The National Jockeys Trust


The National Jockeys Trust: supporting our elite atheletes

Dedication and bravery are prerequisites of almost every sport, and these qualities are found in abundance in racing.

Australian jockeys are elite athletes who place their lives on the line every time they compete in a race.

Sadly, serious injuries are a frequent occurrence, and more than 800 riders have lost their lives since Australian racing first began.

While accident insurance has become an essential feature of racing, all too often there are cases where jockeys and/or their families are plunged into financial hardship.

Since 2004, the National Jockeys has provided over $4.3 million in assistance to more than 430 jockeys and the families of jockeys that have been lost.


  • Sadly, 882 Australian jockeys have been killed in race falls since 1847
  • More than 200 riders are injured each year on Australian racetracks
  • 500 race falls annually
  • 89% of jockeys will have a fall that requires medical assistance during their career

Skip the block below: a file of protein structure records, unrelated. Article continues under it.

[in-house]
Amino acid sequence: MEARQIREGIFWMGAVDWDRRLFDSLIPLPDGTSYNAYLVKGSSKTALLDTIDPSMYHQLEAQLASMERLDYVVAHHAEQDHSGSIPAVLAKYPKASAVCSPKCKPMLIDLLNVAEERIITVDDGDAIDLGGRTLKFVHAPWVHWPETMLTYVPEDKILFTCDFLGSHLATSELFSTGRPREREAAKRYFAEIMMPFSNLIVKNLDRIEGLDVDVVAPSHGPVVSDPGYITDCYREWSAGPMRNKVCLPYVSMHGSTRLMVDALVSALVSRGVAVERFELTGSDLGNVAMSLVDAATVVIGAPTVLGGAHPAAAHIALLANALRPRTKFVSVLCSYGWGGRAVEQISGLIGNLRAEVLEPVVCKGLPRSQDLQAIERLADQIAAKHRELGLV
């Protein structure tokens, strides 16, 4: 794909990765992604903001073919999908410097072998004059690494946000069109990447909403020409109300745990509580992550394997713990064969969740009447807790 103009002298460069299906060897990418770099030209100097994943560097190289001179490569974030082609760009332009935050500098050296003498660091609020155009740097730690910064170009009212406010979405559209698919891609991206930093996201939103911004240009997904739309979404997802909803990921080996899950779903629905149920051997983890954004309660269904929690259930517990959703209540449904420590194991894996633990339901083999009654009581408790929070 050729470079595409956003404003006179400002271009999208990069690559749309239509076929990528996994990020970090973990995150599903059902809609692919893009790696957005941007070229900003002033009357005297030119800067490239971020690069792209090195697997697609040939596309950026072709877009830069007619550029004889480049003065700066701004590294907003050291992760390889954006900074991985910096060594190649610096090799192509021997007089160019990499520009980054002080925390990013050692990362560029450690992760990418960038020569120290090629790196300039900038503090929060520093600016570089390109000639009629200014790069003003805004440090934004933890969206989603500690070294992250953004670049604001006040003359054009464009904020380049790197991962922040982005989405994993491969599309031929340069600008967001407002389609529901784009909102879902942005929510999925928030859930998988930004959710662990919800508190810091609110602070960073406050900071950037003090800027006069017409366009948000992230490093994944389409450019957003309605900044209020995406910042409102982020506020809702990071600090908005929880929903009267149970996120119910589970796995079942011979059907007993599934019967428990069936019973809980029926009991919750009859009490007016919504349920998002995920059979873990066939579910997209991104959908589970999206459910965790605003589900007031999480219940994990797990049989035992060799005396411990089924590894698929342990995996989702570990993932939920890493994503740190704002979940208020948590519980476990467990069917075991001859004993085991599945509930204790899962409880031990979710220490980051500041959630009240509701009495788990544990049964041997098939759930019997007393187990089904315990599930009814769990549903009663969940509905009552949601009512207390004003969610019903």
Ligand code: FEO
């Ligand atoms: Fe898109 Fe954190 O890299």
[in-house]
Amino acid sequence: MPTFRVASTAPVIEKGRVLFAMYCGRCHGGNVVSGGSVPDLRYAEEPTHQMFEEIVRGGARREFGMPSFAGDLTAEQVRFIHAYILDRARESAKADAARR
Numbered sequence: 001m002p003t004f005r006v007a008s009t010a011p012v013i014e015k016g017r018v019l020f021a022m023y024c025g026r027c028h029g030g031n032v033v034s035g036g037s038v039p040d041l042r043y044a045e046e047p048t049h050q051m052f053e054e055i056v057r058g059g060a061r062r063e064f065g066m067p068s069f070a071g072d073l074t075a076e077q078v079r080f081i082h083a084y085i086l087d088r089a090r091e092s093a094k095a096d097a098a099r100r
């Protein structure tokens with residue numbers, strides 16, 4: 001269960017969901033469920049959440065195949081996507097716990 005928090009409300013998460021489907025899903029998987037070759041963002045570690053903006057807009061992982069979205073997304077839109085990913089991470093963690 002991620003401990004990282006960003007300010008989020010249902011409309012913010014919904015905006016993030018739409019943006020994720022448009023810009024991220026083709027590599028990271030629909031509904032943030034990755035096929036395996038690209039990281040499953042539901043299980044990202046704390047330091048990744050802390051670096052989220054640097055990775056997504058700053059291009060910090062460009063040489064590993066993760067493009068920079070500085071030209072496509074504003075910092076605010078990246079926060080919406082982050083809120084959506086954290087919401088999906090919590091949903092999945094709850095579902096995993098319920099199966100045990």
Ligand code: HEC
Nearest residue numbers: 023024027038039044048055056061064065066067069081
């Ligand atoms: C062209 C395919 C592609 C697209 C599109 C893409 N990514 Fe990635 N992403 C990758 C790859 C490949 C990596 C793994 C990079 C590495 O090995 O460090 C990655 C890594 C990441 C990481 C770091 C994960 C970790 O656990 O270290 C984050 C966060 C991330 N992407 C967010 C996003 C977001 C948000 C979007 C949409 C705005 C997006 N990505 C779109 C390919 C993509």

• 9% of jockeys have fallen more than 20 times during their careers
  • Each year, 40% of jockeys will have a fall that will prevent them from riding for 5 weeks or more
  • 5% of these falls are considered “career-ending”.
  • 50% of Australian jockeys earn less than $60,000 per year (before expenses)
  • It is estimated that in the next 10 years, there will be 12 jockey fatalities and around 50 jockeys will suffer career ending injuries that will include cases of paraplegia, quadriplegia and brain injury.


National Jockeys Trust aims to relieve this financial hardship and provide these families with the support, kindness and recognition that they deserve.

From quality jockey merchandise to functions and events (including Attwood Marshall Lawyers Caulfield Cup Raceday), the Trust is constantly searching for ways to raise these much needed funds and provide meaningful assistance.


Shaun Organ story

Shaun Organ was a jockey who suffered a fall during a race ride in June 1996 at Casterton, Victoria. His injuries were extensive and included a blood clot on the brain and a related stroke which has left him restricted on his left side and short term memory loss. His career was cut dramatically short.

Shaun finds that he is unable to live a normal life as he tires easily and suffers sever headaches that can sometimes last the entire day. Due to his brain inuries he finds it hard to communicate with those around him which is extremely frustrating and exhausting.

Shaun and his wife Kristy have four children and the NJT have been able to provide them with emotional and financial support.


Please help families like Shaun’s by donating to National Jockeys Trust

Make a donation